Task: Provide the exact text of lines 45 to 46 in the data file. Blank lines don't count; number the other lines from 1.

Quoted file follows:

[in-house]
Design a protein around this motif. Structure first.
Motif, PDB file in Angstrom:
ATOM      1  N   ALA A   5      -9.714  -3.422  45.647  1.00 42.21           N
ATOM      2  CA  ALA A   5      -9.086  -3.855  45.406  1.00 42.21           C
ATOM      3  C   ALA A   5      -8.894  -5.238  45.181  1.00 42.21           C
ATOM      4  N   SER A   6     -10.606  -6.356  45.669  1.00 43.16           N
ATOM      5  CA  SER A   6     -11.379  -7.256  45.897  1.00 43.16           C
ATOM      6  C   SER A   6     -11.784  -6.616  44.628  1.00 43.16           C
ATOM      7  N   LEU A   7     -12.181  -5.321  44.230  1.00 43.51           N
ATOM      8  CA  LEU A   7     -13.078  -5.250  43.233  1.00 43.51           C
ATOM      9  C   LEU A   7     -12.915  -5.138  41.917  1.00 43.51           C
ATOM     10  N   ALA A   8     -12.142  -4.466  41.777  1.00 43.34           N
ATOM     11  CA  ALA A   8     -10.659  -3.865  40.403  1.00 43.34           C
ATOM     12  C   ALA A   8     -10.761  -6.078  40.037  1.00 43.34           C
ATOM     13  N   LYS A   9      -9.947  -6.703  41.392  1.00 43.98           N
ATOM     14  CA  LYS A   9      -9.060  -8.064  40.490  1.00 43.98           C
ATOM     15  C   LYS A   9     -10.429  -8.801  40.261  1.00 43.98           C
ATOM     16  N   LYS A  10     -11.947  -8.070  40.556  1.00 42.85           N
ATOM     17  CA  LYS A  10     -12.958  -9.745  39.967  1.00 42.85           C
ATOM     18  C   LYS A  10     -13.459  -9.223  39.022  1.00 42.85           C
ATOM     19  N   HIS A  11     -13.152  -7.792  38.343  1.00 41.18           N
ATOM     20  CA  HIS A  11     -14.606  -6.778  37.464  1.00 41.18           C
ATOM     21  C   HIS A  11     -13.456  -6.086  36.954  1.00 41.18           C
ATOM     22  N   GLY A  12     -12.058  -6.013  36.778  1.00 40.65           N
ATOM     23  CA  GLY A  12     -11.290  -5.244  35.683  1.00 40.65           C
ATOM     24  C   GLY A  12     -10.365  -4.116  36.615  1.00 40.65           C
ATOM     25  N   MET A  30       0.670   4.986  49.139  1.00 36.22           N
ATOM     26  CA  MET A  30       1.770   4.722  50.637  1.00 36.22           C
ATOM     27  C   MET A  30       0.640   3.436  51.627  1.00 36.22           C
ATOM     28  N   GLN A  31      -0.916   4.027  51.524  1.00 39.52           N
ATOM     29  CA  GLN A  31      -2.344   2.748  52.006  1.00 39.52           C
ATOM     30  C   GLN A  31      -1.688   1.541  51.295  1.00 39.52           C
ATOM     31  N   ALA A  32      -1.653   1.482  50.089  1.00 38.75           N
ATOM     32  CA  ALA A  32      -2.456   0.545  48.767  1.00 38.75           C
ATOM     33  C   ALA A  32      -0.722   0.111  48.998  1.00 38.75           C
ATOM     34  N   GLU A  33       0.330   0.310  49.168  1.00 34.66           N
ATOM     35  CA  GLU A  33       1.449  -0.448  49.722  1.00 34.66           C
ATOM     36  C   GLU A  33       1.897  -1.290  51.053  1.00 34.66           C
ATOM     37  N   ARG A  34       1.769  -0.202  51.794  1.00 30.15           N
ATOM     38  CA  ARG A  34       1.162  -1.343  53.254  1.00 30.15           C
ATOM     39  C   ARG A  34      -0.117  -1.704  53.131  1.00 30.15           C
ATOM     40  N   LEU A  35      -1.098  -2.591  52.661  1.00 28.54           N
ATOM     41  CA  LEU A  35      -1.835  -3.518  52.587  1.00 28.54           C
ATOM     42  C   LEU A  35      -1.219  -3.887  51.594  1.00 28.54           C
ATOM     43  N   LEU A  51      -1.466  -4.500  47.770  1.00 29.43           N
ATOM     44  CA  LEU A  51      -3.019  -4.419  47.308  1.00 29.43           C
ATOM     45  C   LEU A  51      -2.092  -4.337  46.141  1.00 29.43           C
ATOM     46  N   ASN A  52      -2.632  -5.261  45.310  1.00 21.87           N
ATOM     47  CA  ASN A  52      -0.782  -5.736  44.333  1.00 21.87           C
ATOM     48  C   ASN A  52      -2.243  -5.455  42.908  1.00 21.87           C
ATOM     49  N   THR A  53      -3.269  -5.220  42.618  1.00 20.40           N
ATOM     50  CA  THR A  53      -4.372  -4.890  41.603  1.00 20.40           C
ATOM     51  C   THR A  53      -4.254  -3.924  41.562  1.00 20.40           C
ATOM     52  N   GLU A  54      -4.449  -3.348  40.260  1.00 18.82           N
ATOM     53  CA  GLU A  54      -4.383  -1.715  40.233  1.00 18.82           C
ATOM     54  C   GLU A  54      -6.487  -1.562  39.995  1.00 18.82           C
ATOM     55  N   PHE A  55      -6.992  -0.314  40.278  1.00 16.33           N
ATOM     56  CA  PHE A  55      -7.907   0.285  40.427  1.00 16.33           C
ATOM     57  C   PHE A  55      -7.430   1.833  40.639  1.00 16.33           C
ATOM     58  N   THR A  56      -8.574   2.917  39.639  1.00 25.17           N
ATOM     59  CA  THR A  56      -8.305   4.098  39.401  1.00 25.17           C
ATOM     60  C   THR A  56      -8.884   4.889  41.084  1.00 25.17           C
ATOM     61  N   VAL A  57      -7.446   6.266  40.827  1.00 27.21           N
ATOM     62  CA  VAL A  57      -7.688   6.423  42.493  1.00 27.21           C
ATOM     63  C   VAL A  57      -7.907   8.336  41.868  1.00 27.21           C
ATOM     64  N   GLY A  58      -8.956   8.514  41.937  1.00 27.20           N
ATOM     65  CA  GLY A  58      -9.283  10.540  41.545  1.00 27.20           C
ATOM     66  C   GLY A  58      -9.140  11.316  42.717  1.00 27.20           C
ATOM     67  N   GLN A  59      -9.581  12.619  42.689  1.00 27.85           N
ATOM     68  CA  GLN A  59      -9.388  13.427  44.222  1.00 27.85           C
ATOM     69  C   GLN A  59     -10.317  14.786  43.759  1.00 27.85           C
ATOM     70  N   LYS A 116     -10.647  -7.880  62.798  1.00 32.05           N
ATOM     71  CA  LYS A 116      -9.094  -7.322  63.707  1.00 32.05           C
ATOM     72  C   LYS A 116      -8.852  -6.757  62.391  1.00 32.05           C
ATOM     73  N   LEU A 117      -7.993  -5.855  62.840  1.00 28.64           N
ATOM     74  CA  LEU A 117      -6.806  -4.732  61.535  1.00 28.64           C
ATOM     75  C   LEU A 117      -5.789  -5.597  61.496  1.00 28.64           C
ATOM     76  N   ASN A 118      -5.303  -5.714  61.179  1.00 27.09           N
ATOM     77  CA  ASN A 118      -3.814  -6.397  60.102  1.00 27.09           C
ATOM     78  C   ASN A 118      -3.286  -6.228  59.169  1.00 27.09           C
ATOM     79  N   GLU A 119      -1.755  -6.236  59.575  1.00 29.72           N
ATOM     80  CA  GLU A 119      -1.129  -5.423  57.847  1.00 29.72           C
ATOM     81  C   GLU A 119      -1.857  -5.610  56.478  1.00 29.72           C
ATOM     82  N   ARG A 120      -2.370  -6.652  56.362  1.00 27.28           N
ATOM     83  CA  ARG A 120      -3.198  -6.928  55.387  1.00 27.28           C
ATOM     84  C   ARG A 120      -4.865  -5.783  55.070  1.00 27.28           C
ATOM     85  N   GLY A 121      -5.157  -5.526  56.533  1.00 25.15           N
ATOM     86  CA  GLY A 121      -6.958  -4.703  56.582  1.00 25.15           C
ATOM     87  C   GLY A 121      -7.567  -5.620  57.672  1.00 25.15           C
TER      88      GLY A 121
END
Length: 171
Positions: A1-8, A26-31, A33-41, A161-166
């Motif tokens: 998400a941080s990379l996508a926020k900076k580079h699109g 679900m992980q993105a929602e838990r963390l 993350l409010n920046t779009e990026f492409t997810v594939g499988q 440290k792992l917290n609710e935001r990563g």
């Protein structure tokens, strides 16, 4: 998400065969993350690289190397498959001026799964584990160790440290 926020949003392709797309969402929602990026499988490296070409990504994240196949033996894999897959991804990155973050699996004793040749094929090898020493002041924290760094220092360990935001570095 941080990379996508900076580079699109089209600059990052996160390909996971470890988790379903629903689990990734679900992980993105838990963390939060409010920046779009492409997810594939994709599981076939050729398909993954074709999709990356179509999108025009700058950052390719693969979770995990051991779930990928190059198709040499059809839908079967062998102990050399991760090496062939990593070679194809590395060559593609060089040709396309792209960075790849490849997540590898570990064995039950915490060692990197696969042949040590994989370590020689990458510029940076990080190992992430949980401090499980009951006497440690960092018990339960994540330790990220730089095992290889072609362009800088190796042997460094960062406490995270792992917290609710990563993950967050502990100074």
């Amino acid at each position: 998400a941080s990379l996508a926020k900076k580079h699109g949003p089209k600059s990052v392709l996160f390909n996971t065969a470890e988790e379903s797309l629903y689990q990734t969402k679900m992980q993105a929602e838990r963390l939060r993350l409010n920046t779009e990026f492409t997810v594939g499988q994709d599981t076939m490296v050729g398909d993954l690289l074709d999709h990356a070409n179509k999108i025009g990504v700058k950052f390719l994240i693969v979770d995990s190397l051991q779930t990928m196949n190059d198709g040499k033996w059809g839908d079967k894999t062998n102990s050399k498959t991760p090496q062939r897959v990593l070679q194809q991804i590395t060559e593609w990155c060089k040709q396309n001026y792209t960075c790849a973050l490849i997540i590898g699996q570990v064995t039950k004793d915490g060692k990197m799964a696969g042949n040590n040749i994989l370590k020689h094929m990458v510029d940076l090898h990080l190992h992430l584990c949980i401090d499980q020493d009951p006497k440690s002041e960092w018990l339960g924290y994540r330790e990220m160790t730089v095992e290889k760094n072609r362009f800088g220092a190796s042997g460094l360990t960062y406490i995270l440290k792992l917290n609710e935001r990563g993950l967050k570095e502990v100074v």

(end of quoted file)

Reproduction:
ATOM     42  C   LEU A  35      -1.219  -3.887  51.594  1.00 28.54           C
ATOM     43  N   LEU A  51      -1.466  -4.500  47.770  1.00 29.43           N